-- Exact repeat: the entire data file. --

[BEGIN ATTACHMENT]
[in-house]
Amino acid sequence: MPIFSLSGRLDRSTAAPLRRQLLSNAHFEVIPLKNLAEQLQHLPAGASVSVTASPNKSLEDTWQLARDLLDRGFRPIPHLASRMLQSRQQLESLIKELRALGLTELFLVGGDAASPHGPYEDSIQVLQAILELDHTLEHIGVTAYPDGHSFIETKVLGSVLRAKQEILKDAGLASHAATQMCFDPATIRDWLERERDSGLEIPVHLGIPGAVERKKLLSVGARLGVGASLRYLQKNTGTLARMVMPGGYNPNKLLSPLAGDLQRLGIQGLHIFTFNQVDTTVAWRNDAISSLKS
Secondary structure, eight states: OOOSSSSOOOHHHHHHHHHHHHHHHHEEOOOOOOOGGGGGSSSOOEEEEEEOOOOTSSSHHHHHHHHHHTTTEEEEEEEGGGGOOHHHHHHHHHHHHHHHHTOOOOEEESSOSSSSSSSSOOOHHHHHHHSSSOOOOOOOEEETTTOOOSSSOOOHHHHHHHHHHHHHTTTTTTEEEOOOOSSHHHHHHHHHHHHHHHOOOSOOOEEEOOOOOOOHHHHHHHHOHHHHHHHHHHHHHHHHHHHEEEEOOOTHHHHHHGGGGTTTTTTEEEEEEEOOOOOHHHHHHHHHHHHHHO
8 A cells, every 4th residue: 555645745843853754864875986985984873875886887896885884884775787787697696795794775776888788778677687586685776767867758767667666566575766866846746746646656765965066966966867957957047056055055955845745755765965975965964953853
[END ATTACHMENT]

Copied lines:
[in-house]
Amino acid sequence: MPIFSLSGRLDRSTAAPLRRQLLSNAHFEVIPLKNLAEQLQHLPAGASVSVTASPNKSLEDTWQLARDLLDRGFRPIPHLASRMLQSRQQLESLIKELRALGLTELFLVGGDAASPHGPYEDSIQVLQAILELDHTLEHIGVTAYPDGHSFIETKVLGSVLRAKQEILKDAGLASHAATQMCFDPATIRDWLERERDSGLEIPVHLGIPGAVERKKLLSVGARLGVGASLRYLQKNTGTLARMVMPGGYNPNKLLSPLAGDLQRLGIQGLHIFTFNQVDTTVAWRNDAISSLKS
Secondary structure, eight states: OOOSSSSOOOHHHHHHHHHHHHHHHHEEOOOOOOOGGGGGSSSOOEEEEEEOOOOTSSSHHHHHHHHHHTTTEEEEEEEGGGGOOHHHHHHHHHHHHHHHHTOOOOEEESSOSSSSSSSSOOOHHHHHHHSSSOOOOOOOEEETTTOOOSSSOOOHHHHHHHHHHHHHTTTTTTEEEOOOOSSHHHHHHHHHHHHHHHOOOSOOOEEEOOOOOOOHHHHHHHHOHHHHHHHHHHHHHHHHHHHEEEEOOOTHHHHHHGGGGTTTTTTEEEEEEEOOOOOHHHHHHHHHHHHHHO
8 A cells, every 4th residue: 555645745843853754864875986985984873875886887896885884884775787787697696795794775776888788778677687586685776767867758767667666566575766866846746746646656765965066966966867957957047056055055955845745755765965975965964953853